This is a perhaps an odd analogy, but writing felt like braiding a young child’s hair. Maybe because I was never very good at braiding. My daughter’s baby fine locks would slide out of whatever shape I put them in, no matter how hard I tried. But she pined for that braid, so I did my best. I’d take a small segment of her hair and gently fold it in, tightly enough that it kept its place but not so tightly that it felt unnatural or forced. Then I’d take another, and then another. And eventually she’d have a tiny little braid down the back of her head that didn’t fall apart terribly, but then again it didn’t matter because no one would see it anyway.
It was that last part that I related to most, that no one was going to see it anyway. That’s both liberating and dispiriting at the same time. Creativity needs quiet to flourish; I knew that enough from my work as an artist. Sometimes you have to turn down the volume on the rest of the world in order to hear your own inner voice. But it also needs to be seen in order to truly be alive, or else what is the point?
By the end of the month I had amassed quite a collection in various stages of completion. I laid the pages out in front of me and tried to decide what to do with it all. Alan suggested I send them to magazine publishers and the like, but it didn’t feel right. I wasn’t ready for submission and rejection – I had enough of that already in my artistic life. And wasn’t this all supposed to be just for fun anyway? Besides, I’ve lived my whole life as a creative person, and have long since learned that my best work is born when I don’t seek permission from others.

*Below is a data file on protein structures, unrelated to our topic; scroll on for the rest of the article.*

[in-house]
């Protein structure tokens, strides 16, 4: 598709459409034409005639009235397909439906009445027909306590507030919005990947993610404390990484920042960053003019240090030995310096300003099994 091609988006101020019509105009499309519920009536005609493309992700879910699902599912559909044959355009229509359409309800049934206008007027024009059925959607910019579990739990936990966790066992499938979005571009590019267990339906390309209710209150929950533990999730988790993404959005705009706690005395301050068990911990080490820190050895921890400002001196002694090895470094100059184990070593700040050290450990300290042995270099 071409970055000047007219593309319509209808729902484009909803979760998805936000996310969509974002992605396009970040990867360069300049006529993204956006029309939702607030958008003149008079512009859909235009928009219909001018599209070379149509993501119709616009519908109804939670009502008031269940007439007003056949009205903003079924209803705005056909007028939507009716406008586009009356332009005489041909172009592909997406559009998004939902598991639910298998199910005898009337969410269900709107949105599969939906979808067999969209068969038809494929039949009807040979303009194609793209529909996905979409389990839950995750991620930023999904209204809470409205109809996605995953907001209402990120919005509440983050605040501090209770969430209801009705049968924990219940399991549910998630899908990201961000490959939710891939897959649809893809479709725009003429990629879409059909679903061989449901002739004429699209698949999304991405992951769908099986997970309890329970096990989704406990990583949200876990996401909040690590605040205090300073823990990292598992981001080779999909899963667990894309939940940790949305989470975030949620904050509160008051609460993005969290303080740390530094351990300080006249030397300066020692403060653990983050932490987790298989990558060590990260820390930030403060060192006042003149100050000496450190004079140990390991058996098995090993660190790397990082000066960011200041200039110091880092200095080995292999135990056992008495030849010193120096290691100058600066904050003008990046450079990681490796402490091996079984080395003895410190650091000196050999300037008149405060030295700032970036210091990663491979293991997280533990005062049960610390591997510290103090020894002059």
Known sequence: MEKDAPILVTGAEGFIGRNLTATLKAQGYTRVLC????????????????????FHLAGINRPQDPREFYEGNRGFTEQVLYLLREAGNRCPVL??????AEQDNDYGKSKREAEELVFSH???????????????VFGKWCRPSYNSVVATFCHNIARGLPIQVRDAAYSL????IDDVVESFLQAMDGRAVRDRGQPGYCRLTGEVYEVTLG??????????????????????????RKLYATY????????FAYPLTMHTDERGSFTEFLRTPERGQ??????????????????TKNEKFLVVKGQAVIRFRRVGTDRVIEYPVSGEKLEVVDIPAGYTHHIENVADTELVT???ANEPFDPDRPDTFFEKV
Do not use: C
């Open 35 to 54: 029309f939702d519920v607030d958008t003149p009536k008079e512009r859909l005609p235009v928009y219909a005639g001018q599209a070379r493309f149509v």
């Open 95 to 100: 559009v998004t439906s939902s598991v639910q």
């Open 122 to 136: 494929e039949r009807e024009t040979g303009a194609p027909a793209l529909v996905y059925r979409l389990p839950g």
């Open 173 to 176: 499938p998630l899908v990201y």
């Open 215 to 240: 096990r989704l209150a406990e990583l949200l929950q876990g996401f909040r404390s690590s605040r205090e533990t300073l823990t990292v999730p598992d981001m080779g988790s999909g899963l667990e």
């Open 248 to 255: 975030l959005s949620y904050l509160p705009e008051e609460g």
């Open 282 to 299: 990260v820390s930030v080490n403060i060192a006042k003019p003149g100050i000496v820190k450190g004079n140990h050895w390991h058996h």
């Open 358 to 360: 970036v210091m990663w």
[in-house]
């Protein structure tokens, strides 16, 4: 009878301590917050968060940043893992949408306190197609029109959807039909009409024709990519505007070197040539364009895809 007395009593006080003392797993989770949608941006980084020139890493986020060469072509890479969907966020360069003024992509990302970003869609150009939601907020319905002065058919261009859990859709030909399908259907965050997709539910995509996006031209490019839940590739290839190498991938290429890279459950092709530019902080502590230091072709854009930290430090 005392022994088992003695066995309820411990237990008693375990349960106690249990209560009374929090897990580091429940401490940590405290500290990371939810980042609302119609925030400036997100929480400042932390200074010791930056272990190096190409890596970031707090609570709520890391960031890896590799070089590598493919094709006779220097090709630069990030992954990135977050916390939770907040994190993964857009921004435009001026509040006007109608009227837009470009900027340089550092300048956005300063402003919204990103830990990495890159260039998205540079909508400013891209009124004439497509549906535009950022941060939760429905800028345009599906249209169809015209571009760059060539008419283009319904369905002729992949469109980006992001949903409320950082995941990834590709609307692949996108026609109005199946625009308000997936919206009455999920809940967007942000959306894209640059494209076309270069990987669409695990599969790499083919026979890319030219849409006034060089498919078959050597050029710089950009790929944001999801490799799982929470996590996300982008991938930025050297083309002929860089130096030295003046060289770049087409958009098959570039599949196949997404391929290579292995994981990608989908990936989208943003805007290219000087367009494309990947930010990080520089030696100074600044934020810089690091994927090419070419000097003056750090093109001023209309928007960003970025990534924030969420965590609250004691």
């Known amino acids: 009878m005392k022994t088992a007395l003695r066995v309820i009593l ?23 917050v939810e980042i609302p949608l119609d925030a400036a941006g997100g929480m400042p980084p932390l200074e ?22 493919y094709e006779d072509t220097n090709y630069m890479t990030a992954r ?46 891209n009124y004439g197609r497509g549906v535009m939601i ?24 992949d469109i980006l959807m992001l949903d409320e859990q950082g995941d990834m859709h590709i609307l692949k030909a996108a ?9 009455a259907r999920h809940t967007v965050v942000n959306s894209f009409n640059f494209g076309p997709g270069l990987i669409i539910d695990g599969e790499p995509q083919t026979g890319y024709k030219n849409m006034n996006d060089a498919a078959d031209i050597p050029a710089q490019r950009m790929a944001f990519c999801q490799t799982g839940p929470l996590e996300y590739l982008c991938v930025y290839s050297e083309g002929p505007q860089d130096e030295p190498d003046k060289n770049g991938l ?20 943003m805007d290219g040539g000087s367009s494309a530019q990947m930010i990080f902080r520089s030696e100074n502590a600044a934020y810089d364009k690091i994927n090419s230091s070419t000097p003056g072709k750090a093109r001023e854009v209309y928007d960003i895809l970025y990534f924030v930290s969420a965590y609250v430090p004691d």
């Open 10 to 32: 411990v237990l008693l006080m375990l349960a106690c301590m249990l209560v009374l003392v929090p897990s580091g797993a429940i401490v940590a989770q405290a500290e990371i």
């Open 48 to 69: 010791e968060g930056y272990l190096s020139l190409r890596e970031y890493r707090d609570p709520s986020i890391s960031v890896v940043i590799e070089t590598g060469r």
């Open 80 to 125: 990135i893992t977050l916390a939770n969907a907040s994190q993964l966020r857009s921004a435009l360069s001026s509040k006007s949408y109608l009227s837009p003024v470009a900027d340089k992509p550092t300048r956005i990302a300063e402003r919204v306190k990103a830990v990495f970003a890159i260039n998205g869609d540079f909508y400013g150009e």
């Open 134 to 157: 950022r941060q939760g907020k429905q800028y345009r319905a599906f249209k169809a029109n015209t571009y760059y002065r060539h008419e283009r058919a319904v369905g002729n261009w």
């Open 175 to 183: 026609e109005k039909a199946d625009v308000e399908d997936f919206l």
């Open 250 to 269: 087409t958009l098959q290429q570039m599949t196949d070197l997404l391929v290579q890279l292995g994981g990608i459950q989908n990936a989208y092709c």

I decided to put them out into the world in my own way, on my own terms. I built a website where I could share them as is, not polished in a professionally edited veneer. I left them raw, thick and whole, like tectonic plates to slowly shift and take form over time. At the time I didn’t know what they’d become, if anything. Or if they’d remain unseen, like the disheveled braid at the back of a young child’s head. For me, it was enough to know that they’d exist. That they’d have a home out there in the world, somewhere to live separate from inside me.
But as I sat there with Alan that December evening, warmed by the fire and reflecting on the year gone by, I realized what only a bit of time and distance can teach you – that I had put something out into the world, and it had worked. I looked across the living room and saw the little writing room we’d made that fall, where Alan and I could work side by side. I saw the writing desk I’d built from hemlock and fir, its top planed smooth and blackened with fire and buffed to a silky finish. I saw the mason jars sitting neatly on top filled with colored pens and pencils that glistened in the moonlight. I saw the old typewriter keyboard with the clicky round keys that I’d treated myself to once I hit a milestone 100 pages. And it all felt like home.
We had accomplished a lot that year, building and making and buying and doing and giving and connecting. It had been a hard year for sure, but a fulfilling one as well. We’d enjoyed so much more than our list of accomplishments would have conveyed. Alan gave the fireplace one final stir and planted a long kiss on my forehead as we headed to bed. I let out a deep restful breath and as I watched the embers fade, I realized that my favorite part of it all, the one thing I was most looking forward to in the new year, was a whole lot more nothing.